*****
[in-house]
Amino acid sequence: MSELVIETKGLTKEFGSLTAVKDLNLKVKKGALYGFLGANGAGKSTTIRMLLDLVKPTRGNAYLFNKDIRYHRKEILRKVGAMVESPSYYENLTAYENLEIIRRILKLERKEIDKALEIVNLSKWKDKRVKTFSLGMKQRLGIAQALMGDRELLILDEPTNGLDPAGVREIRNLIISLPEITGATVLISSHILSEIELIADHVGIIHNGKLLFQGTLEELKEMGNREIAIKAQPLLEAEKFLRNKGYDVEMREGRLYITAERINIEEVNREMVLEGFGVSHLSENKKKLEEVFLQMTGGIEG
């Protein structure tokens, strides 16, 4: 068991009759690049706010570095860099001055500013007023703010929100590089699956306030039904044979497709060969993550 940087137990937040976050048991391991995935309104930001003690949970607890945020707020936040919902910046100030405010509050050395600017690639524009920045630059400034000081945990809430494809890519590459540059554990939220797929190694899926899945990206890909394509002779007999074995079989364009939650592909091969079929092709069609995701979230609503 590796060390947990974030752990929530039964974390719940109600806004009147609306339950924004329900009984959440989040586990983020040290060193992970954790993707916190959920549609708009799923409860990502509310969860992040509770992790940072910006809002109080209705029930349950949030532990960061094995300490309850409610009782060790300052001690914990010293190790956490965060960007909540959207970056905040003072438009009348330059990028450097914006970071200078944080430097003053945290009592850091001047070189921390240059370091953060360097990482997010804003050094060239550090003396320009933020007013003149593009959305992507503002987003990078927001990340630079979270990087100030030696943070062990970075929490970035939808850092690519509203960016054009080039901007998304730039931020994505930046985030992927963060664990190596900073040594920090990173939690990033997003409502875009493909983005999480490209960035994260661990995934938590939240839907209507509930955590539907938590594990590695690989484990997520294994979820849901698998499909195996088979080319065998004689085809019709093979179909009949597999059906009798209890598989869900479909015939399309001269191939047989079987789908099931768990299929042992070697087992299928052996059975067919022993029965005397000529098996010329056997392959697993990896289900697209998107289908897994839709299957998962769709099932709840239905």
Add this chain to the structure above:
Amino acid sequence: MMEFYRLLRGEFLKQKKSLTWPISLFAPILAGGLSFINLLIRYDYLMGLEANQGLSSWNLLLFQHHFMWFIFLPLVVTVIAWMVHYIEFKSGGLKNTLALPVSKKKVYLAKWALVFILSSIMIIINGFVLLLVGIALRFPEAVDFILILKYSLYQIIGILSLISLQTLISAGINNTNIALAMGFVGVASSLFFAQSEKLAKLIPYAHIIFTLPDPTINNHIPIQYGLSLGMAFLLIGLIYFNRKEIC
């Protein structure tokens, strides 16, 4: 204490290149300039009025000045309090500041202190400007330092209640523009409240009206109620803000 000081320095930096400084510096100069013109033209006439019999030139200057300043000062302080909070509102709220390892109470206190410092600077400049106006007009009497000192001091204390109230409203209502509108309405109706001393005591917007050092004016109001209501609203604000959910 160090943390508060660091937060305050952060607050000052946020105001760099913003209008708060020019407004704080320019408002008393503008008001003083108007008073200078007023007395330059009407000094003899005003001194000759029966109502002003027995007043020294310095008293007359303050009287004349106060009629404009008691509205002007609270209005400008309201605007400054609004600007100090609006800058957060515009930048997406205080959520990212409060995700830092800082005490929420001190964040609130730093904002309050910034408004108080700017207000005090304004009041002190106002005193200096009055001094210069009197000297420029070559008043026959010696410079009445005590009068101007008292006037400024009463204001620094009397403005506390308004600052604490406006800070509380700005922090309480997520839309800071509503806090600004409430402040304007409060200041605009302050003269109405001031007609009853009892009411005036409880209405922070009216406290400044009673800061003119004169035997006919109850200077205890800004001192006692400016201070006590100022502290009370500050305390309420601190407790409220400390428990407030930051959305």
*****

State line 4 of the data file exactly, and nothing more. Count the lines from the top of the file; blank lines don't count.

Add this chain to the structure above: